It feels now in this day and age that real music festivals are few and far between. In these dark times it can often feel the fantastical jam packed line-up of old, new, discovered and burgeoning is sacrificed for cloying glamping gimmicks and experiential, advertising led ploys. Where the catering for instagrammable photo opportunities over-takes its true purpose of immersing you with a packed line-up and facilitating organic opportunities to meet your musical comrades over a simple beer and muddy puddle.

One festival that certainly does not have this issue is Download.

With its roots deep in Monsters of Rock history, this Festival does nothing if not dedicate its entire existence to offering one of the best Rock and Alt-Rock line ups in the world. And 2017 is no exception.

Forever hosted within the Donnington Race track in Derby, this year boasted a plethora of all rock categories. Overall there’s 109 quality bands set over 3 days. Headline giants were System of a Down, Biffy Clyro and AeroSmith.
Others of reputable note were Slayer, Good Charlotte, Rob Zombie, A Day to Remember, Five Finger Death Punch, Steel Panther, Pierce the Veil, Alter Bridge. The list goes on and is exhaustive, but you get the idea. There’s something for everyone and if you’ve got good shoes on, you’re going to see most of it.

After the epic British-summer-weather catastrophe of 2016 that saw them renamed Drownload, they had made visible efforts to avoid such issues again. Of the 85,000 people in attendance there is visible effort to cater for all. A decent smattering of food (even some vegan) and merchandise stalls line the sizable arena that houses three stages. The Main Stage, set at the bottom of a hill, has a great vantage point no matter how far back you stand. Every effort has been made for safety. Crush barriers divide the main stage into four sections which makes it surprisingly easy to get front and center for any band should you wish it.

Download doesn’t take itself too seriously and certainly isn’t a place for fashion over function. Good wellies, jeans and a band tee are all you need. Fair warning, the Village Campsite is located some 20-minute walk away from the arena and the headline act finishes at 10.30pm; but this has been addressed by provision of some seriously great after-hours DJ sets every night, which keep the night going until the early hours. Other necessities such as Tattoo Parlour and Wrestling arena have been added in recent years.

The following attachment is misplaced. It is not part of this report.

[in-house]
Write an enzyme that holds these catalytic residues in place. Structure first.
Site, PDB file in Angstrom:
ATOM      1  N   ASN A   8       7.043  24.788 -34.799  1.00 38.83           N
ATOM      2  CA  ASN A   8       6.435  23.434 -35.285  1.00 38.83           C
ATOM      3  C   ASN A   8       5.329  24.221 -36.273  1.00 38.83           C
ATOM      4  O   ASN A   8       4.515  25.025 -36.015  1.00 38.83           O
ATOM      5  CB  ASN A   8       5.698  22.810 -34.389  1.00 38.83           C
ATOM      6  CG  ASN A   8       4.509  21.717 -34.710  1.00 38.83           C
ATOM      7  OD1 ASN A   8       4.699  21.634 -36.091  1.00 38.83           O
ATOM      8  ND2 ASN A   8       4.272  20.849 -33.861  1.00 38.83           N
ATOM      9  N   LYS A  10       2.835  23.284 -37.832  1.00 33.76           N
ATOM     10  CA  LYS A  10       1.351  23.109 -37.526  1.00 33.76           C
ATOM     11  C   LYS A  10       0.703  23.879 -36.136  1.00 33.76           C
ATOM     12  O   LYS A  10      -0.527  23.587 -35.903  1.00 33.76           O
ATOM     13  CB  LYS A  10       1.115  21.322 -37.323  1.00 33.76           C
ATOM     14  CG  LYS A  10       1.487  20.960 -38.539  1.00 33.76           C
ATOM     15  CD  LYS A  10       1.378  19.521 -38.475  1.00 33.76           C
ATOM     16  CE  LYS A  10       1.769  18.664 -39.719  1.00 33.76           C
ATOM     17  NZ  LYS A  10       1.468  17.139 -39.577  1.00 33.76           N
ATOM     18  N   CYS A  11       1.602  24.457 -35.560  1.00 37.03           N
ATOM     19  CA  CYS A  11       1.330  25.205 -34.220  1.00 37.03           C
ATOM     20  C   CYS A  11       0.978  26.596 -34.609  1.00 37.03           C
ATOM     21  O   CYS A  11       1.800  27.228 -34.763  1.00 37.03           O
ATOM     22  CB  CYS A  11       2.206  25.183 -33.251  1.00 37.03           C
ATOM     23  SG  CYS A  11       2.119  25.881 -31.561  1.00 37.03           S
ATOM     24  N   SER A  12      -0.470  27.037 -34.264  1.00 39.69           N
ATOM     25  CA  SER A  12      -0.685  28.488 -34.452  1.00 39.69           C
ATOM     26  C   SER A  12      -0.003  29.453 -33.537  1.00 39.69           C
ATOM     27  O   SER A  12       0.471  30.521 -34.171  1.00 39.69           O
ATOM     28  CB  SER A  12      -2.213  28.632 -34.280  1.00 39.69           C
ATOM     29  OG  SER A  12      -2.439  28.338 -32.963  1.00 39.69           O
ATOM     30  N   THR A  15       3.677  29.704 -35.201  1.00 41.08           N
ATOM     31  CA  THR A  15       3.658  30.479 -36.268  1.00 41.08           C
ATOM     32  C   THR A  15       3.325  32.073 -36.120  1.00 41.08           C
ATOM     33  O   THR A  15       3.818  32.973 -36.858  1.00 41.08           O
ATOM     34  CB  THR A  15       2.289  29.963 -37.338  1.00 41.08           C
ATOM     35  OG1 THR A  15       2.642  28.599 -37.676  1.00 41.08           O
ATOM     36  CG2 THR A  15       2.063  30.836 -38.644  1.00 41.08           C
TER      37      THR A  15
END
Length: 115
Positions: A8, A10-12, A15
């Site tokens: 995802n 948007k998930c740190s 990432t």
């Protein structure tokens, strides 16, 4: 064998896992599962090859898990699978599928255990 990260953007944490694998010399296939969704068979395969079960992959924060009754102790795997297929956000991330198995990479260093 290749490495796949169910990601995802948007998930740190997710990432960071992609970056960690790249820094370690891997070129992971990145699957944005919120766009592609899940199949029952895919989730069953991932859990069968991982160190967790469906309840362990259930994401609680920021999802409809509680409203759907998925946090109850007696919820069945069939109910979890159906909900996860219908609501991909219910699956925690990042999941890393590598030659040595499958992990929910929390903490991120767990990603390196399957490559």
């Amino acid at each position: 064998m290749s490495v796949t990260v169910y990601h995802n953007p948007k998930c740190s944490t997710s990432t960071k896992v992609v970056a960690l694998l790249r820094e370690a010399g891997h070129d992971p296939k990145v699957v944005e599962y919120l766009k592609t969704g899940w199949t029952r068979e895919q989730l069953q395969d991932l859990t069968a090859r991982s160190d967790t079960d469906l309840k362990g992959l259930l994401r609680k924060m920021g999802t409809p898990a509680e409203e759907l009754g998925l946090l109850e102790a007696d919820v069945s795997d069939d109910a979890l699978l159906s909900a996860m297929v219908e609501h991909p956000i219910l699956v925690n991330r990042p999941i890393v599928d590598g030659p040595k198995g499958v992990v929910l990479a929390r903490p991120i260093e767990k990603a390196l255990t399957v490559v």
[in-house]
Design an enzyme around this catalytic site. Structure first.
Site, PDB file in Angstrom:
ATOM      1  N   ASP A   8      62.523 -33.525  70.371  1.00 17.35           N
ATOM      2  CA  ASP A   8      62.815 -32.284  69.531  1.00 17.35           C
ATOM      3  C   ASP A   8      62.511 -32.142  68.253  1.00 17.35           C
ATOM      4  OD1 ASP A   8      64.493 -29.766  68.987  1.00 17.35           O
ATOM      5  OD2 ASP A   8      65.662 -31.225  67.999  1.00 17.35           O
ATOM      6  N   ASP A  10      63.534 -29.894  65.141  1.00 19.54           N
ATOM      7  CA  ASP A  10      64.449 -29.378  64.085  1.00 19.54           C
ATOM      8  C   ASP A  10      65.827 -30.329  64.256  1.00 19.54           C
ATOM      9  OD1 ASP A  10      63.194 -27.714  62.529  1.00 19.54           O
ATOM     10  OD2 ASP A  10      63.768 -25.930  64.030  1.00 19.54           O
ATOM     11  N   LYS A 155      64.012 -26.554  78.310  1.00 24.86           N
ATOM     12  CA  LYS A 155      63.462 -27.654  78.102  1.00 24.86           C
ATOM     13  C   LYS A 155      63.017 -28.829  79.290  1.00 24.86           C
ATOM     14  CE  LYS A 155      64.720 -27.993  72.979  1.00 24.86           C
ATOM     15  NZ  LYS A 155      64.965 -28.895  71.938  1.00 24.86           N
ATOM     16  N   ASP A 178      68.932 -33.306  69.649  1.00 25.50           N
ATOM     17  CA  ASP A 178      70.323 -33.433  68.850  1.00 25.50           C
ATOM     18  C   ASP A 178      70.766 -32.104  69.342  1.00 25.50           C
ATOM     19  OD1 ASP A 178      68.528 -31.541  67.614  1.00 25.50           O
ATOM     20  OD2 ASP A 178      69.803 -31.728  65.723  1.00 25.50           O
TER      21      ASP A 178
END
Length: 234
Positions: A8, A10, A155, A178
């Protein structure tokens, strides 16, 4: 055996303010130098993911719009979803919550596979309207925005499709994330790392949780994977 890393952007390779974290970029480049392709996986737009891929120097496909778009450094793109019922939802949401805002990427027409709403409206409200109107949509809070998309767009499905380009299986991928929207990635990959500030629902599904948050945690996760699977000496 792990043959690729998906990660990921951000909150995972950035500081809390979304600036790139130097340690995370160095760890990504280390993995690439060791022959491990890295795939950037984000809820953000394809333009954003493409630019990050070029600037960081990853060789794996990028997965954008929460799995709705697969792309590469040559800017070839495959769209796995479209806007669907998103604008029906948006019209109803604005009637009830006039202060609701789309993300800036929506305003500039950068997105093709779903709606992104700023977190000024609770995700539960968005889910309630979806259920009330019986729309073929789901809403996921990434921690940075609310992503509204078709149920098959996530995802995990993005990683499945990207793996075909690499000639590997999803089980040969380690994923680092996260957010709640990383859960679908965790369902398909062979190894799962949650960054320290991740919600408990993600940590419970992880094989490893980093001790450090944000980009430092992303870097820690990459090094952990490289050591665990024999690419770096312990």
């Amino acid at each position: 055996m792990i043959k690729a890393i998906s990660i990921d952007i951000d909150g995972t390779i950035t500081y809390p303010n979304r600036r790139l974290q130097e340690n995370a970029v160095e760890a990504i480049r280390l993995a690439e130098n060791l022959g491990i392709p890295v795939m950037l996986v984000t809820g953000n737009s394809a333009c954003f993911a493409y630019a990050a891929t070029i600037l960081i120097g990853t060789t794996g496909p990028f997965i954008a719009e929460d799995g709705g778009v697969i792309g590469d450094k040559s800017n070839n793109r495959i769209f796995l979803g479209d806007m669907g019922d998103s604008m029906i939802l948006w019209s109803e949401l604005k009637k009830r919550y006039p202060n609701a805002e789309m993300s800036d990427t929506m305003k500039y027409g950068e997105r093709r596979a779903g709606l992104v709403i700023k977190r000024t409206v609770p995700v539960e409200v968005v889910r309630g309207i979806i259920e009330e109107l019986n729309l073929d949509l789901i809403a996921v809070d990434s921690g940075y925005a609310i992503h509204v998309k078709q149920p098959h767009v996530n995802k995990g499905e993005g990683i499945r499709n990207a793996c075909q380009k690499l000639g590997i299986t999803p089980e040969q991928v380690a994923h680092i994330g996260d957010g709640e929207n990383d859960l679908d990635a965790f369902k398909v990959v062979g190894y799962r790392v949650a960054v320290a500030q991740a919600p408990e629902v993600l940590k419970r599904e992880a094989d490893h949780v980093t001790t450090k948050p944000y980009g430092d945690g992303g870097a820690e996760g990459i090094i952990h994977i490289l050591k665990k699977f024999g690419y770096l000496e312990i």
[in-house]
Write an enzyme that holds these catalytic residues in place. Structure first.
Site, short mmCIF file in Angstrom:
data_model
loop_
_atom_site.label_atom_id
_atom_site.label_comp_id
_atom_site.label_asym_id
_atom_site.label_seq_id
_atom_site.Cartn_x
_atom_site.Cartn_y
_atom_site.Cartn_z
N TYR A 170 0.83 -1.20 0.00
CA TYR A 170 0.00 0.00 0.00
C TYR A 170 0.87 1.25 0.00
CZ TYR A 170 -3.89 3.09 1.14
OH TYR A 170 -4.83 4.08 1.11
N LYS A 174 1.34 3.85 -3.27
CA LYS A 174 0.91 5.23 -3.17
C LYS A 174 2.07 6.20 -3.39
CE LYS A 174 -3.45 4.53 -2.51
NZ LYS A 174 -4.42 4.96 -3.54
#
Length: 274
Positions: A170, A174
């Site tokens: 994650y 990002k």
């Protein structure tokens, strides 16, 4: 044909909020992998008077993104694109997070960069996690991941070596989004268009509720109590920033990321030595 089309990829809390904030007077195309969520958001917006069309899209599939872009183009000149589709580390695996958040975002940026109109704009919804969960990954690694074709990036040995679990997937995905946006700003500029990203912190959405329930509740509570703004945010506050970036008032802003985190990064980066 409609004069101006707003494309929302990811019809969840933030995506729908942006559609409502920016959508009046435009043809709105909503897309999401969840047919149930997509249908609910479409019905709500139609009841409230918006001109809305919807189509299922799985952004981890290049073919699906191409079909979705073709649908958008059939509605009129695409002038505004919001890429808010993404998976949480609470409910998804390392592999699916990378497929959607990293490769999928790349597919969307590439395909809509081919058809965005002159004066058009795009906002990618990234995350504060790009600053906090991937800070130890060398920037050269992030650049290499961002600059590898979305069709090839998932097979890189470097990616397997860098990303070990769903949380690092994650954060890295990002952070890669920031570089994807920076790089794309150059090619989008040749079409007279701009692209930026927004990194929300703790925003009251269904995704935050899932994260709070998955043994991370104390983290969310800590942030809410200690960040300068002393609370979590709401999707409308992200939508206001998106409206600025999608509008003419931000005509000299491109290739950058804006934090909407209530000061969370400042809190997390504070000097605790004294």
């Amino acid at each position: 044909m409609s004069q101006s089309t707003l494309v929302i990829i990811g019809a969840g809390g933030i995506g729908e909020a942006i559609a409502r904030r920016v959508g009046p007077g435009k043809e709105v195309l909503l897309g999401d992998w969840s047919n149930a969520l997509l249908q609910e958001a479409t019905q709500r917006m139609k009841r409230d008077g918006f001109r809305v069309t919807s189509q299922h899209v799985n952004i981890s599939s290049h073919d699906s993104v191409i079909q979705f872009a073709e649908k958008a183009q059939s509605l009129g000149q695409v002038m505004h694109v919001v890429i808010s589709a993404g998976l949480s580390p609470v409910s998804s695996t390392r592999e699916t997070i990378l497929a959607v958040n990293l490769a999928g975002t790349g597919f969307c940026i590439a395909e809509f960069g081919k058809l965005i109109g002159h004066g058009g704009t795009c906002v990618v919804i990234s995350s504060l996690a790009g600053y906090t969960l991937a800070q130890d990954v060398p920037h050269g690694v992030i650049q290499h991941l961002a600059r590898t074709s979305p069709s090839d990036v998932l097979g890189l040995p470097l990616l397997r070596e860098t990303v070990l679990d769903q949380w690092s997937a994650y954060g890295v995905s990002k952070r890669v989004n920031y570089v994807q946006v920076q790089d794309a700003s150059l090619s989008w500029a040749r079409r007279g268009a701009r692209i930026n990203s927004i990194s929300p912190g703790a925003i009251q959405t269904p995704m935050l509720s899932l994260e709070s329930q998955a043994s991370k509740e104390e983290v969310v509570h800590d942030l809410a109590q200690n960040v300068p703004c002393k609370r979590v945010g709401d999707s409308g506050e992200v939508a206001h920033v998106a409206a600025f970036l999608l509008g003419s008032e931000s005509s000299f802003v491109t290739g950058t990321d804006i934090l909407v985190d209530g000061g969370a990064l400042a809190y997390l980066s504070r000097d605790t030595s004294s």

Additionally, they have an new ingenious cup deposit scheme in partnership with GreenPeace. Rather than a million disposable cups covering every inch floor, you "rent" a cup for the weekend for £2. This is refundable at any point.

If you have the cash, their VIP packages (or RIP packages as they’ve cutely renamed it) are certainly worth the money. With prices scaled across an offering of premium car by tent spots, tepee’s, huts and pre-set up tents. This area offers more showers and toilets you can shake a stick at. All come with access to an exclusive bar area and access to the main arena with little to no queuing.
Our stand-outs were the anthemic AFI, who played a nearly exclusively historical set. Creeper, who despite only being in their band’s infancy, drew a huge sing-along crowd at midday on a Saturday. They played incredibly and looked adorably proud of themselves.
Good Charlotte and Sum 41 played with an expected ailing and curmudgeonly attitude, without which would have rendered them gauche. For us, the few hardcore stalwarts won out. Dillinger played their final UK show with such aplomb they refused to stop playing until their sound was cut off. Every Time I Die delivered one of the best festival sets we have ever seen, with near instrumental perfection, whilst still sticking to their off-kilter, adorable insanity.

In short, it’s a relief in these times of gentrification to have at least one festival dedicated to the sole purpose of British festivals. Drink beer, meet like-minded people and provide great music at every moment.